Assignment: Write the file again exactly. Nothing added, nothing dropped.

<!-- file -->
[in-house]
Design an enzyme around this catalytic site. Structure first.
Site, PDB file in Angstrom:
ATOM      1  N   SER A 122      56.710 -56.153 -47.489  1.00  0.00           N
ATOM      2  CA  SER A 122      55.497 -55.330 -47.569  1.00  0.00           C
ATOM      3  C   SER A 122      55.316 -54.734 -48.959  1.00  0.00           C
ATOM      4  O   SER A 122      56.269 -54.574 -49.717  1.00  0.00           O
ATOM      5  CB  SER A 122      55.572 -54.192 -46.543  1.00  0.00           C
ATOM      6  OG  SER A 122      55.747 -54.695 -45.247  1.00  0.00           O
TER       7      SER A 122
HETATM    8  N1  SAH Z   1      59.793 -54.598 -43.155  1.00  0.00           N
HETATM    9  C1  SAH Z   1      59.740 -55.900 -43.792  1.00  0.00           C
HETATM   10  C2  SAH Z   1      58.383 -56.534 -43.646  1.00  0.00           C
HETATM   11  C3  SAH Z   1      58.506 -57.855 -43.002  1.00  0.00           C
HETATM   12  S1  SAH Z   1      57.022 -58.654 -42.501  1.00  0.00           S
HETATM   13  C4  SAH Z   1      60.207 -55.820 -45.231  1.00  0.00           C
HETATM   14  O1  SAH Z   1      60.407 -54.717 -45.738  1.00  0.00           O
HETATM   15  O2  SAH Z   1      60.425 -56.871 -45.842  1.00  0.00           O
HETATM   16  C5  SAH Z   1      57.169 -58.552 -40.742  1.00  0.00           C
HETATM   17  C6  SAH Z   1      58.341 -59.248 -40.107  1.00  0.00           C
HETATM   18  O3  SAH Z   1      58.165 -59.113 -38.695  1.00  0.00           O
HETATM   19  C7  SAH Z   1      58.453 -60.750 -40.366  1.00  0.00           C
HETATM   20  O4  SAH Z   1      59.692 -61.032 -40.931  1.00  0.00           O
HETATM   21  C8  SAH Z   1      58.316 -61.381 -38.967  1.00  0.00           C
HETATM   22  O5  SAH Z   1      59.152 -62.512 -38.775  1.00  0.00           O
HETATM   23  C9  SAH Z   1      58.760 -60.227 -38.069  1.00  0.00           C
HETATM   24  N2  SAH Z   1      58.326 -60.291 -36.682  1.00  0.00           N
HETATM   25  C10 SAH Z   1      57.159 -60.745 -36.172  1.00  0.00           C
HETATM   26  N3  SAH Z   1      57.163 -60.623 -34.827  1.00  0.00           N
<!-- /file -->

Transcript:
[in-house]
Design an enzyme around this catalytic site. Structure first.
Site, PDB file in Angstrom:
ATOM      1  N   SER A 122      56.710 -56.153 -47.489  1.00  0.00           N
ATOM      2  CA  SER A 122      55.497 -55.330 -47.569  1.00  0.00           C
ATOM      3  C   SER A 122      55.316 -54.734 -48.959  1.00  0.00           C
ATOM      4  O   SER A 122      56.269 -54.574 -49.717  1.00  0.00           O
ATOM      5  CB  SER A 122      55.572 -54.192 -46.543  1.00  0.00           C
ATOM      6  OG  SER A 122      55.747 -54.695 -45.247  1.00  0.00           O
TER       7      SER A 122
HETATM    8  N1  SAH Z   1      59.793 -54.598 -43.155  1.00  0.00           N
HETATM    9  C1  SAH Z   1      59.740 -55.900 -43.792  1.00  0.00           C
HETATM   10  C2  SAH Z   1      58.383 -56.534 -43.646  1.00  0.00           C
HETATM   11  C3  SAH Z   1      58.506 -57.855 -43.002  1.00  0.00           C
HETATM   12  S1  SAH Z   1      57.022 -58.654 -42.501  1.00  0.00           S
HETATM   13  C4  SAH Z   1      60.207 -55.820 -45.231  1.00  0.00           C
HETATM   14  O1  SAH Z   1      60.407 -54.717 -45.738  1.00  0.00           O
HETATM   15  O2  SAH Z   1      60.425 -56.871 -45.842  1.00  0.00           O
HETATM   16  C5  SAH Z   1      57.169 -58.552 -40.742  1.00  0.00           C
HETATM   17  C6  SAH Z   1      58.341 -59.248 -40.107  1.00  0.00           C
HETATM   18  O3  SAH Z   1      58.165 -59.113 -38.695  1.00  0.00           O
HETATM   19  C7  SAH Z   1      58.453 -60.750 -40.366  1.00  0.00           C
HETATM   20  O4  SAH Z   1      59.692 -61.032 -40.931  1.00  0.00           O
HETATM   21  C8  SAH Z   1      58.316 -61.381 -38.967  1.00  0.00           C
HETATM   22  O5  SAH Z   1      59.152 -62.512 -38.775  1.00  0.00           O
HETATM   23  C9  SAH Z   1      58.760 -60.227 -38.069  1.00  0.00           C
HETATM   24  N2  SAH Z   1      58.326 -60.291 -36.682  1.00  0.00           N
HETATM   25  C10 SAH Z   1      57.159 -60.745 -36.172  1.00  0.00           C
HETATM   26  N3  SAH Z   1      57.163 -60.623 -34.827  1.00  0.00           N